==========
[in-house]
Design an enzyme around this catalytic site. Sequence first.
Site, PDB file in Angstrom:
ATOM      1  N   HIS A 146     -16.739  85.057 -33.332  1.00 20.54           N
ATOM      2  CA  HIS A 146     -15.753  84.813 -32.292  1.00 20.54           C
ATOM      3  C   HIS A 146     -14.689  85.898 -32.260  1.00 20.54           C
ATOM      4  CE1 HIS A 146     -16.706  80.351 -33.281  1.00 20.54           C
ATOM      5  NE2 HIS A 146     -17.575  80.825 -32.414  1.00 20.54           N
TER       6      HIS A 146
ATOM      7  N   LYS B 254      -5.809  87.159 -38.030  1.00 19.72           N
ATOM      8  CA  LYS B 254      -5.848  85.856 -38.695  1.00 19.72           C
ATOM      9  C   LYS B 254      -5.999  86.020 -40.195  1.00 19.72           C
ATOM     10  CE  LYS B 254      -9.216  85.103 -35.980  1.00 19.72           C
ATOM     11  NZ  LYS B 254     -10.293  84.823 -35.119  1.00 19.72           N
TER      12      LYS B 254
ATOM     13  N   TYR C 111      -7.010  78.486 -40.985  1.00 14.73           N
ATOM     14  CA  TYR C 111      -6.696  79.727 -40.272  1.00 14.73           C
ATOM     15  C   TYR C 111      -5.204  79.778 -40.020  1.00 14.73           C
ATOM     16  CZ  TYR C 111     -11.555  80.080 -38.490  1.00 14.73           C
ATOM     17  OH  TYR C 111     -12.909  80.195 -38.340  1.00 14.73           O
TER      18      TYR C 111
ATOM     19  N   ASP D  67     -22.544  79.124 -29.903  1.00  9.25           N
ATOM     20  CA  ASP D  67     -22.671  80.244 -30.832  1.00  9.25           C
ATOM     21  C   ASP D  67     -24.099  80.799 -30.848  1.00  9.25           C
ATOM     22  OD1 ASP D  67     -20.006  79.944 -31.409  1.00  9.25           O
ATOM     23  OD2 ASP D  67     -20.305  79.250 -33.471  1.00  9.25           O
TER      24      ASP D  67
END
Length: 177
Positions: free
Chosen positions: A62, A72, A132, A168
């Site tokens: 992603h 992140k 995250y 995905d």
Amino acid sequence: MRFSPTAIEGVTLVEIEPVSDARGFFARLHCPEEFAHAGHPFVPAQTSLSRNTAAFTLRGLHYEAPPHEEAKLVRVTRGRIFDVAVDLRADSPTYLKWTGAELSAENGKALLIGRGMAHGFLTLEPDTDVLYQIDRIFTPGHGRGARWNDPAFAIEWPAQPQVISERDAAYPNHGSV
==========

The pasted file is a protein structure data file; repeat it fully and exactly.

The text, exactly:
[in-house]
Design an enzyme around this catalytic site. Sequence first.
Site, PDB file in Angstrom:
ATOM      1  N   HIS A 146     -16.739  85.057 -33.332  1.00 20.54           N
ATOM      2  CA  HIS A 146     -15.753  84.813 -32.292  1.00 20.54           C
ATOM      3  C   HIS A 146     -14.689  85.898 -32.260  1.00 20.54           C
ATOM      4  CE1 HIS A 146     -16.706  80.351 -33.281  1.00 20.54           C
ATOM      5  NE2 HIS A 146     -17.575  80.825 -32.414  1.00 20.54           N
TER       6      HIS A 146
ATOM      7  N   LYS B 254      -5.809  87.159 -38.030  1.00 19.72           N
ATOM      8  CA  LYS B 254      -5.848  85.856 -38.695  1.00 19.72           C
ATOM      9  C   LYS B 254      -5.999  86.020 -40.195  1.00 19.72           C
ATOM     10  CE  LYS B 254      -9.216  85.103 -35.980  1.00 19.72           C
ATOM     11  NZ  LYS B 254     -10.293  84.823 -35.119  1.00 19.72           N
TER      12      LYS B 254
ATOM     13  N   TYR C 111      -7.010  78.486 -40.985  1.00 14.73           N
ATOM     14  CA  TYR C 111      -6.696  79.727 -40.272  1.00 14.73           C
ATOM     15  C   TYR C 111      -5.204  79.778 -40.020  1.00 14.73           C
ATOM     16  CZ  TYR C 111     -11.555  80.080 -38.490  1.00 14.73           C
ATOM     17  OH  TYR C 111     -12.909  80.195 -38.340  1.00 14.73           O
TER      18      TYR C 111
ATOM     19  N   ASP D  67     -22.544  79.124 -29.903  1.00  9.25           N
ATOM     20  CA  ASP D  67     -22.671  80.244 -30.832  1.00  9.25           C
ATOM     21  C   ASP D  67     -24.099  80.799 -30.848  1.00  9.25           C
ATOM     22  OD1 ASP D  67     -20.006  79.944 -31.409  1.00  9.25           O
ATOM     23  OD2 ASP D  67     -20.305  79.250 -33.471  1.00  9.25           O
TER      24      ASP D  67
END
Length: 177
Positions: free
Chosen positions: A62, A72, A132, A168
């Site tokens: 992603h 992140k 995250y 995905d």
Amino acid sequence: MRFSPTAIEGVTLVEIEPVSDARGFFARLHCPEEFAHAGHPFVPAQTSLSRNTAAFTLRGLHYEAPPHEEAKLVRVTRGRIFDVAVDLRADSPTYLKWTGAELSAENGKALLIGRGMAHGFLTLEPDTDVLYQIDRIFTPGHGRGARWNDPAFAIEWPAQPQVISERDAAYPNHGSV